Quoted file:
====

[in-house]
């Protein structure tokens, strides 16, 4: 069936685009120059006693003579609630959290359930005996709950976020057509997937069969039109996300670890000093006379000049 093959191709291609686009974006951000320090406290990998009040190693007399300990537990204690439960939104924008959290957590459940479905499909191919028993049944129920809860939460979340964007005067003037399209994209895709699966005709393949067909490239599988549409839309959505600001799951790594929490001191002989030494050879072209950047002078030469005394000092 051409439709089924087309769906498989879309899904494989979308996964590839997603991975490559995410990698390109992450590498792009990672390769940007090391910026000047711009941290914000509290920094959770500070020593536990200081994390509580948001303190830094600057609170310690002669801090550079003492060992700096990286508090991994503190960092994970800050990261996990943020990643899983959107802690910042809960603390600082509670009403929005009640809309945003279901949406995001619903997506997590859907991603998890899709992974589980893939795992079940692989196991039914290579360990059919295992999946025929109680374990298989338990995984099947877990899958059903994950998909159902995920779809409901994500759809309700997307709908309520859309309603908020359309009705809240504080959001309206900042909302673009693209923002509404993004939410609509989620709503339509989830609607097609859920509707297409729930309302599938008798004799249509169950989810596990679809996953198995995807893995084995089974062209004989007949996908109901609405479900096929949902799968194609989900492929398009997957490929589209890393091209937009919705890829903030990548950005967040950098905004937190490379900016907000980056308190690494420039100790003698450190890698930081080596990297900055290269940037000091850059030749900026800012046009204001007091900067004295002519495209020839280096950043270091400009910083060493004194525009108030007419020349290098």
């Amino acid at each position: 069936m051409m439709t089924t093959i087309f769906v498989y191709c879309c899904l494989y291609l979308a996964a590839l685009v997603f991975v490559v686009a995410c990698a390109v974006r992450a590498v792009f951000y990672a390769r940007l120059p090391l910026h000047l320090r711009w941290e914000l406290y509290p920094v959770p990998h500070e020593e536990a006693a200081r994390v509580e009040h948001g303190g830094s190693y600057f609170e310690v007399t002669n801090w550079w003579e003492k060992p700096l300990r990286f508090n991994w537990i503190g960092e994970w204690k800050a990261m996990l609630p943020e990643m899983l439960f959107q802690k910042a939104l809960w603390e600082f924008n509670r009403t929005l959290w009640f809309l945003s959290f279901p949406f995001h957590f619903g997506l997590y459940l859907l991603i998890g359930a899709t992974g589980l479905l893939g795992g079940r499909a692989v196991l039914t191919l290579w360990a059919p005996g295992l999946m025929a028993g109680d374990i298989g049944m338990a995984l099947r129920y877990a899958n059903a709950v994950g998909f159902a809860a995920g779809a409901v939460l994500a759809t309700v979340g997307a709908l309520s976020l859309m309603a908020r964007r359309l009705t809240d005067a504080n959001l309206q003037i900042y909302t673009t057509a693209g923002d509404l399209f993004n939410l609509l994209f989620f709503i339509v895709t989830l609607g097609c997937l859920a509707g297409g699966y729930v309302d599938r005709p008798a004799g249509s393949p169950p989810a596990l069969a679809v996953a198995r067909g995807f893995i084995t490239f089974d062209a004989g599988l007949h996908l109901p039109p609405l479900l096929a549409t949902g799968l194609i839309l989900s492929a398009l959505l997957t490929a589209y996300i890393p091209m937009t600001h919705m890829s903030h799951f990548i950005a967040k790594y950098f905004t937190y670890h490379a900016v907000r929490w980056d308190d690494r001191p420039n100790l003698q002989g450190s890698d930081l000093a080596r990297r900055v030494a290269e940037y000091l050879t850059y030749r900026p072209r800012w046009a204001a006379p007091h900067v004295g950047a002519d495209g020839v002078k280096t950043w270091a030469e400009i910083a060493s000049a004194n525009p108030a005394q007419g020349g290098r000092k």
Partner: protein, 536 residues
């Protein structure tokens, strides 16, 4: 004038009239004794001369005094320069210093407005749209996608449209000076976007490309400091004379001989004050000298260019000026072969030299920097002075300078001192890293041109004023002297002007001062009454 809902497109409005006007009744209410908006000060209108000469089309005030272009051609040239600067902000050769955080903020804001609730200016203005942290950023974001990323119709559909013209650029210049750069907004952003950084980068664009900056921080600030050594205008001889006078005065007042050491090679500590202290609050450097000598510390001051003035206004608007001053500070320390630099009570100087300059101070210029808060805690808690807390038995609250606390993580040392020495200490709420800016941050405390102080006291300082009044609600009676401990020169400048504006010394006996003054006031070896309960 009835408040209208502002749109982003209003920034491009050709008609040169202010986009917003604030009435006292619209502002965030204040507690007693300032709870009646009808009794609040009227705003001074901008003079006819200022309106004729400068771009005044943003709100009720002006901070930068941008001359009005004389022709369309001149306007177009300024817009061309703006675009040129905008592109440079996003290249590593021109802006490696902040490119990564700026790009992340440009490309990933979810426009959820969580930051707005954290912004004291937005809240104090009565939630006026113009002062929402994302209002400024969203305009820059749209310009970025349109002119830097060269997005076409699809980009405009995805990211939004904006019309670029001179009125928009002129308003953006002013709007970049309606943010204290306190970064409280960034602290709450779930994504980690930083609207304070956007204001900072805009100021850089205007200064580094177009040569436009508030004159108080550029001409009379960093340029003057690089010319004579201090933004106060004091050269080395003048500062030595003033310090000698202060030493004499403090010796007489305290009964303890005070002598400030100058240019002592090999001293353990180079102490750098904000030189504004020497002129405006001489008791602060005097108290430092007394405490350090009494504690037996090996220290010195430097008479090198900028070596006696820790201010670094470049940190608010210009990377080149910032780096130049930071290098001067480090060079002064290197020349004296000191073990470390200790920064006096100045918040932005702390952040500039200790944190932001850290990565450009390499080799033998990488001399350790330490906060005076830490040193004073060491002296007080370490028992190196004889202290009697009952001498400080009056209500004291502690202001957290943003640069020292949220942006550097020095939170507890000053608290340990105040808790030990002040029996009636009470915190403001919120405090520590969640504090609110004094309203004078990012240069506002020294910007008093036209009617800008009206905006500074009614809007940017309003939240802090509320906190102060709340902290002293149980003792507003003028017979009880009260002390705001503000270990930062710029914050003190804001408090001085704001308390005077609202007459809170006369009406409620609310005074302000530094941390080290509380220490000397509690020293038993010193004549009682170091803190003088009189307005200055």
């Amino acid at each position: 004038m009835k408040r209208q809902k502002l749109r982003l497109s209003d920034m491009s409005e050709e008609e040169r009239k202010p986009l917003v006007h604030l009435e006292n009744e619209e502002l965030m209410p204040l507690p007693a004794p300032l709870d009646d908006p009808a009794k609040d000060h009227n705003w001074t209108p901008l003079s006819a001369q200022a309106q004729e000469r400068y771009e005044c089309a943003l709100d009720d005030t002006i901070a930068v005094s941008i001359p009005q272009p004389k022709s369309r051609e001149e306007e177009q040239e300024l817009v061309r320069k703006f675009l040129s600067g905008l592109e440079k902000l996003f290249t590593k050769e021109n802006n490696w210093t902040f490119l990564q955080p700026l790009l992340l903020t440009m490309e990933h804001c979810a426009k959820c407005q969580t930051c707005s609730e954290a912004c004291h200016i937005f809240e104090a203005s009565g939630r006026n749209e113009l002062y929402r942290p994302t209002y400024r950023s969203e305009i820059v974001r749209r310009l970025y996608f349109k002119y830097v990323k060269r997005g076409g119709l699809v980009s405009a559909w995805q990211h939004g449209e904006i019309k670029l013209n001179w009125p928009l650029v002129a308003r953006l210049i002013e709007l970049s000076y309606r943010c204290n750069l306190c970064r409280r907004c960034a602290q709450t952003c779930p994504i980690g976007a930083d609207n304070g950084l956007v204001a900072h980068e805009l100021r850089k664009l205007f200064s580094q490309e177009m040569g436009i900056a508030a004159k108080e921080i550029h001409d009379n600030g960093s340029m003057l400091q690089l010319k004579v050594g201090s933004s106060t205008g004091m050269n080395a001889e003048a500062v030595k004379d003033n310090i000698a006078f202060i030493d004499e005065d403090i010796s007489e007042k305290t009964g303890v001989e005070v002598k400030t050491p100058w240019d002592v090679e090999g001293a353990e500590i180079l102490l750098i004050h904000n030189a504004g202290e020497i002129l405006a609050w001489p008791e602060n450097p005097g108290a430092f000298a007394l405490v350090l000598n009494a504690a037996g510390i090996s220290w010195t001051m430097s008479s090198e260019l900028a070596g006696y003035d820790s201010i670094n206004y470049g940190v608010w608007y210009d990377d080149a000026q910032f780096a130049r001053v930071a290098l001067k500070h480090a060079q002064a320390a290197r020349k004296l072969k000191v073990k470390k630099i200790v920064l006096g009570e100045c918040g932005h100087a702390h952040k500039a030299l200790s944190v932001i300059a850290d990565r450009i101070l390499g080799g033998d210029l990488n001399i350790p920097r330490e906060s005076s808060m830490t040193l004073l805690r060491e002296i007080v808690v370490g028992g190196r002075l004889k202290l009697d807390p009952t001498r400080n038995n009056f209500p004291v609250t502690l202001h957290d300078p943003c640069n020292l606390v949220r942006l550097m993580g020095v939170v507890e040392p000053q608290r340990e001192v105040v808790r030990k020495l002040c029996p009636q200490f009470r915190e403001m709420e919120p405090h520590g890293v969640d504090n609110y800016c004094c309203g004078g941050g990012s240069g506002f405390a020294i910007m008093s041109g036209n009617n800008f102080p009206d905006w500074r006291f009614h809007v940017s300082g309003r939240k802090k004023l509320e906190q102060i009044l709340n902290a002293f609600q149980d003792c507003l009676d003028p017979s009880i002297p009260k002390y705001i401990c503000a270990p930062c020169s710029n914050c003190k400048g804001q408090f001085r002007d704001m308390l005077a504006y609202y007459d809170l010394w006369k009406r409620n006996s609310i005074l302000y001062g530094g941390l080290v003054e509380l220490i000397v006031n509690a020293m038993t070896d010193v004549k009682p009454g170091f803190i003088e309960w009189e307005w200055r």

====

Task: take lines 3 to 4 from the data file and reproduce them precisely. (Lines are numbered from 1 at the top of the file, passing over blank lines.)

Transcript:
């Amino acid at each position: 069936m051409m439709t089924t093959i087309f769906v498989y191709c879309c899904l494989y291609l979308a996964a590839l685009v997603f991975v490559v686009a995410c990698a390109v974006r992450a590498v792009f951000y990672a390769r940007l120059p090391l910026h000047l320090r711009w941290e914000l406290y509290p920094v959770p990998h500070e020593e536990a006693a200081r994390v509580e009040h948001g303190g830094s190693y600057f609170e310690v007399t002669n801090w550079w003579e003492k060992p700096l300990r990286f508090n991994w537990i503190g960092e994970w204690k800050a990261m996990l609630p943020e990643m899983l439960f959107q802690k910042a939104l809960w603390e600082f924008n509670r009403t929005l959290w009640f809309l945003s959290f279901p949406f995001h957590f619903g997506l997590y459940l859907l991603i998890g359930a899709t992974g589980l479905l893939g795992g079940r499909a692989v196991l039914t191919l290579w360990a059919p005996g295992l999946m025929a028993g109680d374990i298989g049944m338990a995984l099947r129920y877990a899958n059903a709950v994950g998909f159902a809860a995920g779809a409901v939460l994500a759809t309700v979340g997307a709908l309520s976020l859309m309603a908020r964007r359309l009705t809240d005067a504080n959001l309206q003037i900042y909302t673009t057509a693209g923002d509404l399209f993004n939410l609509l994209f989620f709503i339509v895709t989830l609607g097609c997937l859920a509707g297409g699966y729930v309302d599938r005709p008798a004799g249509s393949p169950p989810a596990l069969a679809v996953a198995r067909g995807f893995i084995t490239f089974d062209a004989g599988l007949h996908l109901p039109p609405l479900l096929a549409t949902g799968l194609i839309l989900s492929a398009l959505l997957t490929a589209y996300i890393p091209m937009t600001h919705m890829s903030h799951f990548i950005a967040k790594y950098f905004t937190y670890h490379a900016v907000r929490w980056d308190d690494r001191p420039n100790l003698q002989g450190s890698d930081l000093a080596r990297r900055v030494a290269e940037y000091l050879t850059y030749r900026p072209r800012w046009a204001a006379p007091h900067v004295g950047a002519d495209g020839v002078k280096t950043w270091a030469e400009i910083a060493s000049a004194n525009p108030a005394q007419g020349g290098r000092k």
Partner: protein, 536 residues